6. barfdiggs

    barfdiggs Initiate (0) Mar 22, 2011 California

    Go on Ebay and get a stir plate from a reputable scientific company. All of the homebrew stir plates are garbage compared to a good commercial one. Have no problem stirring 8 L of broth at work on 20 year old Thermo (IIRC) stir plate.
  7. jtmartino

    jtmartino Initiate (0) Dec 11, 2010 California
    Beer Trader

    I've used many stir plates on many different containers (in the lab.) You're right - the problem is the shape of the bottom, and the only way to fix it is to increase the # of magnets on your fan or just get a new container.

    Or, you can try a real stir plate for $36:
  8. cracker

    cracker Disciple (300) May 2, 2004 Pennsylvania

    Mine gets thrown every now and then as well. I have to make sure that the stir magnet is first centered (use another magnet to do this) and start at a slow speed. My flask is not completely flat either.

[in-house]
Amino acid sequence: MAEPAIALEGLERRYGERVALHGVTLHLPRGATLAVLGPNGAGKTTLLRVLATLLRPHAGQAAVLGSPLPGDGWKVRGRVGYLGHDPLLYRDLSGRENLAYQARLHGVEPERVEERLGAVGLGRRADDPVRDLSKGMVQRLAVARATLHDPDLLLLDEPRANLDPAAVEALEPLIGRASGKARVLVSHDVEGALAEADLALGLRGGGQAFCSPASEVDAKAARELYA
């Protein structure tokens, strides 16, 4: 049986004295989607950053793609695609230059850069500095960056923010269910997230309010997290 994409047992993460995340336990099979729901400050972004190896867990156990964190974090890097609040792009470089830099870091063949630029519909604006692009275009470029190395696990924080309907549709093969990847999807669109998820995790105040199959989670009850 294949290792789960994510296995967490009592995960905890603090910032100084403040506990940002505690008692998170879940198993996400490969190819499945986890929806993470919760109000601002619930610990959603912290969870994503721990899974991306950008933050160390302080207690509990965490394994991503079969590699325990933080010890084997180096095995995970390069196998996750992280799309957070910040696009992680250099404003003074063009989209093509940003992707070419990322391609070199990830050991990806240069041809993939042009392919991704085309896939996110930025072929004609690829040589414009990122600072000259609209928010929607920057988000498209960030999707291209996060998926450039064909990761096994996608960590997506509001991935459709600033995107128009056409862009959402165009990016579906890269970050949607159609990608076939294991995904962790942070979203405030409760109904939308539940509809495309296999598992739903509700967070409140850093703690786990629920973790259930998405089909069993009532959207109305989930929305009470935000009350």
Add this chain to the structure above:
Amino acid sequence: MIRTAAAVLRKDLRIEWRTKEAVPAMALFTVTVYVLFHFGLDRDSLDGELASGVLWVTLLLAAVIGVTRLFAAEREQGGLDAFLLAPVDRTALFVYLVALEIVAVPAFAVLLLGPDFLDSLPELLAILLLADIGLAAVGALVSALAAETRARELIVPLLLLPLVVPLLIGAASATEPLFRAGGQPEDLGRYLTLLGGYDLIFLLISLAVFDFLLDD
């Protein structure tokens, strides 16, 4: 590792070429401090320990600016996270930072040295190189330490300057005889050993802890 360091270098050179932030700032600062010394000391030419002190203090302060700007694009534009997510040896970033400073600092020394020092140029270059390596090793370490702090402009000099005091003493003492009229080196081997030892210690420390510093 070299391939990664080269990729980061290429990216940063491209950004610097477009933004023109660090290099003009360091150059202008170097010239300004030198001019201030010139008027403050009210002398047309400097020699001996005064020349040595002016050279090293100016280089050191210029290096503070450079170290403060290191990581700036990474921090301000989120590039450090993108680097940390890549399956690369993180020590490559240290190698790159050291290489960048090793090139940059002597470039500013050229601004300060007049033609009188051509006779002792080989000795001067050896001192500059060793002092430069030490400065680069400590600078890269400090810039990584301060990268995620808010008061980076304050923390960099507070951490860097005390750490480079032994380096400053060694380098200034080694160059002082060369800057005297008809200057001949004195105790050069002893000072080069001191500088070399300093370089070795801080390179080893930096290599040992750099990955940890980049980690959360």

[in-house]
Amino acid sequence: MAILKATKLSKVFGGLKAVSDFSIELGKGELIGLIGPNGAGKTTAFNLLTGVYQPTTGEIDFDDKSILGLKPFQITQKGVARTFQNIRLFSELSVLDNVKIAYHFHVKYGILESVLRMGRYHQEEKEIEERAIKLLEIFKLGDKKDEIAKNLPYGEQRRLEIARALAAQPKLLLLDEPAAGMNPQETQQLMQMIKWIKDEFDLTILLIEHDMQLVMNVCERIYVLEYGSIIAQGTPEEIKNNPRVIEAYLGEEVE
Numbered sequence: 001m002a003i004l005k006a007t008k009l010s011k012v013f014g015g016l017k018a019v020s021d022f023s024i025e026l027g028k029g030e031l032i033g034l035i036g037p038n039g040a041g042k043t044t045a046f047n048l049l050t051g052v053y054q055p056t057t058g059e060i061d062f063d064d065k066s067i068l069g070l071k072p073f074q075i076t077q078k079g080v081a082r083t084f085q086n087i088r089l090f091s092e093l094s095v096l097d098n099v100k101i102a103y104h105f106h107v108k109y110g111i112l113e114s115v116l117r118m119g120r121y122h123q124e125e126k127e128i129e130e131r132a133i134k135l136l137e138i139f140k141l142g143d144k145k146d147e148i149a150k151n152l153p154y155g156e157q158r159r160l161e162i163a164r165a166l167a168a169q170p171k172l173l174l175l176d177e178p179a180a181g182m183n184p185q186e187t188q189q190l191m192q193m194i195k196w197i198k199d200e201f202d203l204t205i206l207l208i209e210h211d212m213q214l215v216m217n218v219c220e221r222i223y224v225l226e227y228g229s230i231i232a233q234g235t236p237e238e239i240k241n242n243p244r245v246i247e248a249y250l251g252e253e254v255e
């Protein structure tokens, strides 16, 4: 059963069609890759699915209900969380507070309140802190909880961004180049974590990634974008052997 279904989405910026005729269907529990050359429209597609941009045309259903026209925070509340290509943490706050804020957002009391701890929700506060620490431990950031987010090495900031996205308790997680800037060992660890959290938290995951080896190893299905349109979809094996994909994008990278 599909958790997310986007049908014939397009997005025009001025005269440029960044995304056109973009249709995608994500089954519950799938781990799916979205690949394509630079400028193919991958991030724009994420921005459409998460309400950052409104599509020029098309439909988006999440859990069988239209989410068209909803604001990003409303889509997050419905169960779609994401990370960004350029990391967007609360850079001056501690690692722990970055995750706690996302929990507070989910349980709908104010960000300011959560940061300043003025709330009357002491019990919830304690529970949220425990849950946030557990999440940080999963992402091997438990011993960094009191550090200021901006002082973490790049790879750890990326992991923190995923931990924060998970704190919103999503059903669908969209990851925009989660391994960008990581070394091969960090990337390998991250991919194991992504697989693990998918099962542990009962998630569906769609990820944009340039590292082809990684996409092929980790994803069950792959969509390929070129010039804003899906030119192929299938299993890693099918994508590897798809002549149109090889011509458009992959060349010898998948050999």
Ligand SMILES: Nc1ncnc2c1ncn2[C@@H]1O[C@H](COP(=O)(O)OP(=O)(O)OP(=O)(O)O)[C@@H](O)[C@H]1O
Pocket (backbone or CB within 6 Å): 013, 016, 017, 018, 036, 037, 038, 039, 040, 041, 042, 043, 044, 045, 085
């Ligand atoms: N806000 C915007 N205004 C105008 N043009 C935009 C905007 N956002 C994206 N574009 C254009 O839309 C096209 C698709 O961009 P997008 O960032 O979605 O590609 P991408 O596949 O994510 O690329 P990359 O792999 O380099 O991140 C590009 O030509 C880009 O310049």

9. inchrisin

    inchrisin Defender (654) Sep 25, 2008 Indiana

    Why stir broth?
  10. Patrick

    Patrick Initiate (0) Aug 13, 2007 Massachusetts

    I would think an egg shaped stir bar might work better in the case of a non-flat flask.
  11. barfdiggs

    barfdiggs Initiate (0) Mar 22, 2011 California

    I use solid bacterial growth medium to make broth, but it requires some stirring before it goes into solution, and further stirring before it clears. If you autoclave some types of bacterial growth media (one type I use; overnight express auto-induction media that has several different carbon sources for expression of genes behind specific genetic elements) without dissolving first, it can scorch and change the chemical composition of the media, screwing up your protein expression work.
  12. thargrav

    thargrav Initiate (0) Nov 30, 2012

    This is Tom H of We designed & manufacture the SP-3000 and Black MAXX stir plates as well as the SP-2000 stir plates. While barfdiggs is correct - most good commercial stir plates are great products, the cheap commercial stir plates are junk. The stir plates we manufacture aren't near as good as one of the good commercial stir plates, but you don't pay $300+ for one of our products. Instead, we focus on delivering value for your money.